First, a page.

Monday, April 07, 2008

Seventh Circuit Vacates Google's Judgment Against Stoller Companies

The U.S. Court of Appeals for the Seventh Circuit has vacated the March 15, 2007 judgment entered by the Chicago federal district court in Google's RICO lawsuit against Leo Stoller's companies, Central Mfg. Inc. and Stealth Industries, Inc. The appellate court ruled (here) that the lower court had erred in denying Leo Stoller's motion to intervene (TTABlogged here), and it returned the case to the district court for reconsideration of Stoller's motion.

Leo Stoller

The appellate court began by noting that "Leo Stoller is a familiar litigant, to say the least."

"As we have previously remarked, litigation is central to his business strategy: he claims a superior right to countless trademarks and then seeks to thwart genuine users from registering their marks or threatens litigation if he is not paid a 'licensing fee.'"

When Stoller went after Google by claiming prior rights in the GOOGLE mark, Google fought back by bringing a RICO action against the two companies, seeking to stop the harassment. (TTABlogged here). Despite referring to Leo Stoller throughout its complaint, however, Google chose not to include Stoller as a named defendant. Stoller moved to intervene, contending that "as the former sole shareholder of the 'corporate' defendants and the person Google alleged was responsible for their unlawful conduct, he had a substantial interest in the lawsuit."

The appellate court observed that Google "really wanted to stop Stoller" and that Stoller seemed to be the "real defendant" in the case. Moreover, it was not entirely clear whether Google's claim fell within or without Stoller's Chapter 7 bankruptcy estate.

The 7th Circuit therefore vacated the district court judgment and remanded the case to the district court for reconsideration of Stoller's motion to intervene:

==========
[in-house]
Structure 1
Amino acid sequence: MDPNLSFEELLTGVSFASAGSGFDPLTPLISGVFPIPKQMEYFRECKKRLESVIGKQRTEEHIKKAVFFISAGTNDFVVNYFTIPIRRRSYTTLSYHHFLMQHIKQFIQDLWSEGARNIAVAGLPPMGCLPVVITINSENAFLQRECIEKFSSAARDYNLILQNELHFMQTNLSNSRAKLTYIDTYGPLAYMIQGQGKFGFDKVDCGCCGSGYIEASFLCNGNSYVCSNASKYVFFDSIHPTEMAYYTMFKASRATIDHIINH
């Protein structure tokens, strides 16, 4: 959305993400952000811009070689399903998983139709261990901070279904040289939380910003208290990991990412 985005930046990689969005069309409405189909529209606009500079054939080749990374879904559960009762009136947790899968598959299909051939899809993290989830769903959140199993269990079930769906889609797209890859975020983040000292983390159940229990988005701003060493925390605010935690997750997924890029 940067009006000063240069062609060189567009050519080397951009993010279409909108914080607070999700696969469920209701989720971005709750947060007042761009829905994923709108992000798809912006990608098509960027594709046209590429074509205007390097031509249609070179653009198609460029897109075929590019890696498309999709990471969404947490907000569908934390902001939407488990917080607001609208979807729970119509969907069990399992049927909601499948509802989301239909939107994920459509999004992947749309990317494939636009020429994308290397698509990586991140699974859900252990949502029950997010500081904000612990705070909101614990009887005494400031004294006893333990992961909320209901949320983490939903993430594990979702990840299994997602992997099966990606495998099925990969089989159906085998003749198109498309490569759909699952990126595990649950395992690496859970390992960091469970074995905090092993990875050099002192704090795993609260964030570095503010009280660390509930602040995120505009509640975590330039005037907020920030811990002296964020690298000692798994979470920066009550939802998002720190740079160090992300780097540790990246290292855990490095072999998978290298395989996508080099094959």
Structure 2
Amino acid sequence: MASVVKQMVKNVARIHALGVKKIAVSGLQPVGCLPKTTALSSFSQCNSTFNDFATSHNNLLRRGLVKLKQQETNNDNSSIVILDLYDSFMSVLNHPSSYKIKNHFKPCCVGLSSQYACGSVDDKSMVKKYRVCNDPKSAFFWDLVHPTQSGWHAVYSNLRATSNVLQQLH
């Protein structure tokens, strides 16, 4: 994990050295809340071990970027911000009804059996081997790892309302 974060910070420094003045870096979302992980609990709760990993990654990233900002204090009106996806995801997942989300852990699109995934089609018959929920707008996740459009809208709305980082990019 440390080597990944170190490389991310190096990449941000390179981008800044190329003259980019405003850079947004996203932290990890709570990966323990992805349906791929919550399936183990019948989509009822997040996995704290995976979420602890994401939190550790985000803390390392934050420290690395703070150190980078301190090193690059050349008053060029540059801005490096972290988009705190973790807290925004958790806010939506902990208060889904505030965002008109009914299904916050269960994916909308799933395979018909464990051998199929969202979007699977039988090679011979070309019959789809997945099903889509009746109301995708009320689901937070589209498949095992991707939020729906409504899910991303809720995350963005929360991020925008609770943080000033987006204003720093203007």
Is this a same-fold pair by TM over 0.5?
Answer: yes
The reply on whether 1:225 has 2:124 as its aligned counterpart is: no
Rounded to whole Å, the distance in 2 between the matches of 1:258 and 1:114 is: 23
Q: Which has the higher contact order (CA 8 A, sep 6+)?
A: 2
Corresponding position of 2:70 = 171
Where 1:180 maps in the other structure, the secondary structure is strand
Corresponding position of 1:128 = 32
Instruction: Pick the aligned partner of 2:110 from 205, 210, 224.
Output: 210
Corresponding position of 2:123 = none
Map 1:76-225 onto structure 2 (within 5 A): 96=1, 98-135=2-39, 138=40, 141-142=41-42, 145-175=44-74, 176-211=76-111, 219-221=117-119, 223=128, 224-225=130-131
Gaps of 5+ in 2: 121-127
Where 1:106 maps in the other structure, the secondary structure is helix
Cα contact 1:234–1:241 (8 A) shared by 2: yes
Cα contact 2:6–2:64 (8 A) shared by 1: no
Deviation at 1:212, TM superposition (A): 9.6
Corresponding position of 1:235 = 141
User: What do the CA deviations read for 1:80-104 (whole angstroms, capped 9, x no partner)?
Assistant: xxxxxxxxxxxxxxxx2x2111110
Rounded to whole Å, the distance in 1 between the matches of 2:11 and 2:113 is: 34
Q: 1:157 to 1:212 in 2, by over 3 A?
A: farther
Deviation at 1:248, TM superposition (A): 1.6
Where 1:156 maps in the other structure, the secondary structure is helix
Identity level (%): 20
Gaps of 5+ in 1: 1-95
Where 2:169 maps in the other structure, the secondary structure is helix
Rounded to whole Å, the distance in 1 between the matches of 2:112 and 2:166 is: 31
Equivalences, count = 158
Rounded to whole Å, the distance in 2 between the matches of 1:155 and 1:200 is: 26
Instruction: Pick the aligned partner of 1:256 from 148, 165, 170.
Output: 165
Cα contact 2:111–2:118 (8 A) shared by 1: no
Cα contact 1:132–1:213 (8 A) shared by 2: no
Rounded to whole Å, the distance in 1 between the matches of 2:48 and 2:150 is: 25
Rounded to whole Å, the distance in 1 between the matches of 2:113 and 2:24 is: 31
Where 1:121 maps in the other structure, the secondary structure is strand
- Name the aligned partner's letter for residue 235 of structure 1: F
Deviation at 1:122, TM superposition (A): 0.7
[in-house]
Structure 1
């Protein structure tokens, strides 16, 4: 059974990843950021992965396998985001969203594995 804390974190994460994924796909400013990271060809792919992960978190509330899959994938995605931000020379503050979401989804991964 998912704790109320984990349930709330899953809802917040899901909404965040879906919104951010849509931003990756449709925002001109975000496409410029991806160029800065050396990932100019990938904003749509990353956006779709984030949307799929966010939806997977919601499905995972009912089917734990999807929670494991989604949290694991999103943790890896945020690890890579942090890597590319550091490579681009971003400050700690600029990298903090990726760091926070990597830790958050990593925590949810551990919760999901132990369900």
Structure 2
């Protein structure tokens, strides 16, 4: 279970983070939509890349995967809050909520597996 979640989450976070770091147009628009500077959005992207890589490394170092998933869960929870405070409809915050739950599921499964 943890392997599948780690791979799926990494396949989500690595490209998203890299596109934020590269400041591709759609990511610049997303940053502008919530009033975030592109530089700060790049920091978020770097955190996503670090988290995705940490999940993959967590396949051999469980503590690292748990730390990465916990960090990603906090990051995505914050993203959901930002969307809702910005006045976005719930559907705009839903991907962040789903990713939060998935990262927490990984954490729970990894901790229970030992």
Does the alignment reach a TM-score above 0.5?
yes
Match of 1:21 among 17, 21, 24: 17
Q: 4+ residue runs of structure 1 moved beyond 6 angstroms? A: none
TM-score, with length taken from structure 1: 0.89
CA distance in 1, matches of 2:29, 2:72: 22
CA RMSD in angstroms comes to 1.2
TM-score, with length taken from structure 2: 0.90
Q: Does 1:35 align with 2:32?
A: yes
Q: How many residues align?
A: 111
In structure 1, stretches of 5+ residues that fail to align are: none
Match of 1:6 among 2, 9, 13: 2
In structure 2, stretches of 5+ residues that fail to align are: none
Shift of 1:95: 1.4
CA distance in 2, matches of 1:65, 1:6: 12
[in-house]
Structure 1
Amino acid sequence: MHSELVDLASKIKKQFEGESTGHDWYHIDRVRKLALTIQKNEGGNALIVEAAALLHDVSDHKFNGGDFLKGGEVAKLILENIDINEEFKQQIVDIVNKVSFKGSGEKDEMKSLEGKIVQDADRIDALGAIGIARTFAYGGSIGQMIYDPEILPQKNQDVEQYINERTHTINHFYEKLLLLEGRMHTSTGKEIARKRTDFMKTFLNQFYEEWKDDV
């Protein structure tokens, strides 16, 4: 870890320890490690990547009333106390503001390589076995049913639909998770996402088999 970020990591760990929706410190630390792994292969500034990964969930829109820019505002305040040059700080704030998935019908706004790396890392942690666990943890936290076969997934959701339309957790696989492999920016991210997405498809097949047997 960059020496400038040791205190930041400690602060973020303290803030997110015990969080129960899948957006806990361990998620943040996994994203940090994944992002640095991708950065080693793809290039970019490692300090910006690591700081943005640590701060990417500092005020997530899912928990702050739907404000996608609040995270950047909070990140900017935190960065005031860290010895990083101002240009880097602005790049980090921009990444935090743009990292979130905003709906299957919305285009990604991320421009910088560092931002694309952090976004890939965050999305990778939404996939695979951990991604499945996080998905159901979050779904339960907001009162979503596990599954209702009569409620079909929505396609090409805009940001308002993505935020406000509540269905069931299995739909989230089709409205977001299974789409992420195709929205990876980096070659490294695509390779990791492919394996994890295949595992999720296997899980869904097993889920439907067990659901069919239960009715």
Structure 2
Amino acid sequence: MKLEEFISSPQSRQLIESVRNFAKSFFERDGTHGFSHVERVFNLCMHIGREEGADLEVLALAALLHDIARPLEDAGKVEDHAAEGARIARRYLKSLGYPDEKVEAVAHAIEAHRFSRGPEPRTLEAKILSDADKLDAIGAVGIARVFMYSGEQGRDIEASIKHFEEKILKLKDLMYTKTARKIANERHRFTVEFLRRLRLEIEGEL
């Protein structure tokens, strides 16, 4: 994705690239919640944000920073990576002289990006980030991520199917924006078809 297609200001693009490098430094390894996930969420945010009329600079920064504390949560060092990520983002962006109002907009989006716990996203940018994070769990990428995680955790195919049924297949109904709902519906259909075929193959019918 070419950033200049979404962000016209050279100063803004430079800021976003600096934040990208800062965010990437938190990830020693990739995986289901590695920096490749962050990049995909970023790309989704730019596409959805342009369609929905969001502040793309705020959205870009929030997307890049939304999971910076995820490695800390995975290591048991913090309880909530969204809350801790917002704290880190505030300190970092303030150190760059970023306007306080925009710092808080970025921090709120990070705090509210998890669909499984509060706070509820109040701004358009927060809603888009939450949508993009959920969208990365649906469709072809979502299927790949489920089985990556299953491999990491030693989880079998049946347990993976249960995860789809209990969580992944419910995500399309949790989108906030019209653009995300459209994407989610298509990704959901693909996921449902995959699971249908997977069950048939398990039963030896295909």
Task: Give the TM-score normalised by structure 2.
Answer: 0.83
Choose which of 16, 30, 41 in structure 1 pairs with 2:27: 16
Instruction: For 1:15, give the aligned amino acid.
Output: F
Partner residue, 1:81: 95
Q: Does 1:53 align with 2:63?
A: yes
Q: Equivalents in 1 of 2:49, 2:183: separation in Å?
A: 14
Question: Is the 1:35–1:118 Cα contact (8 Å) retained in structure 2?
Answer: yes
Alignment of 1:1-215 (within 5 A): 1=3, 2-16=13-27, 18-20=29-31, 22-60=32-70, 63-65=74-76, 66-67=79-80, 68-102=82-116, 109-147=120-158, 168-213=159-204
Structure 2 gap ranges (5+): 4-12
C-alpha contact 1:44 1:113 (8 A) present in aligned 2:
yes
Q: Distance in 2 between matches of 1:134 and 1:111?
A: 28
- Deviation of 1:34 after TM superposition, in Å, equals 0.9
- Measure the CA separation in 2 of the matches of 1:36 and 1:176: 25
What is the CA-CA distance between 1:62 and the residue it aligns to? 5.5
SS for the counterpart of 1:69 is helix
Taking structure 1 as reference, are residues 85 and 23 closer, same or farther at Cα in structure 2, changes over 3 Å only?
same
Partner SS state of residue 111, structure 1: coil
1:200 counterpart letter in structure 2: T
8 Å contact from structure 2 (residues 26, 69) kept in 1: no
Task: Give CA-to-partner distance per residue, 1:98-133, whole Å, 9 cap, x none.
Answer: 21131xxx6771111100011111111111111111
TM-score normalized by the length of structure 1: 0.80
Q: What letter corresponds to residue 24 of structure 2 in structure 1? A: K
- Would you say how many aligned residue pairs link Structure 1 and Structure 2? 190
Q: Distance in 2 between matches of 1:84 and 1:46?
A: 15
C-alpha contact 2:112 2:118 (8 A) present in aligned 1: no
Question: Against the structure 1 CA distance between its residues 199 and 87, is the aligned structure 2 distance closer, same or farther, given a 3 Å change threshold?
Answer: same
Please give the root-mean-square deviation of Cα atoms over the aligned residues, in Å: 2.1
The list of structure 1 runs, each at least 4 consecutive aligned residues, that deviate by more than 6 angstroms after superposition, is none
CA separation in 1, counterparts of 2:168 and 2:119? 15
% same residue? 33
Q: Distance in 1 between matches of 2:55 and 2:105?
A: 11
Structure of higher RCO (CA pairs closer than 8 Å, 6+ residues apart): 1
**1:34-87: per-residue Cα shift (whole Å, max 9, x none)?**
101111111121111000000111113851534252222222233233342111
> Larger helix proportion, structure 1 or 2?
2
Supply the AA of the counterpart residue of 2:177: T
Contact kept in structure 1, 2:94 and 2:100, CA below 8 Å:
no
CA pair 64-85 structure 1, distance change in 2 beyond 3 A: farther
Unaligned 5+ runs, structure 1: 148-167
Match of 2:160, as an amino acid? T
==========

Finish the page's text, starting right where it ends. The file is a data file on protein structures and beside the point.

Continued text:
"We will leave for the district court to resolve in the first instance whether 'Central Mfg. Inc.' and 'Stealth Industries, Inc.' are entities that are subject to suit, whether and under what circumstances Google’s suit in its present form can proceed without Stoller if they are not, and whether any of the unlawful conduct Google alleges gave rise to a claim that even involves the Chapter 7 estate."

But it was not all milk and honey for Mr. Stoller. The appellate court reminded him of an unpaid fine:

"We remind Stoller, however, that he remains subject to the order we entered pursuant to Support Systems Int'l, Inc. v. Mack, 45 F.3d 185, 186 (7th Cir. 1995), directing that all federal courts in this circuit return unfiled any papers he submits directly or indirectly unless and until he pays a $10,000 fine we imposed against him in August 2007. See Google, Inc. v. Central Manufacturing, Inc., Nos. 07‐1569, 07‐1612 & 07‐1651 (7th Cir. Aug. 23, 2007). At this point Stoller has a motion to intervene, but if on remand this litigation continues and the district court allows Stoller to intervene, he will have to pay the outstanding sanction or, as a practical matter, face certain default."

TTABlog comment: So the Leo Stoller saga continues. As reported here, one of his entities recently filed an trademark application to register the mark STEALTH for a boatload of goods. Now Leo is back in the Chicago federal court. Someday, Mel Brooks will make a movie of this, starring Paul Giamatti as Leo Stoller.

Text Copyright John L. Welch 2008.


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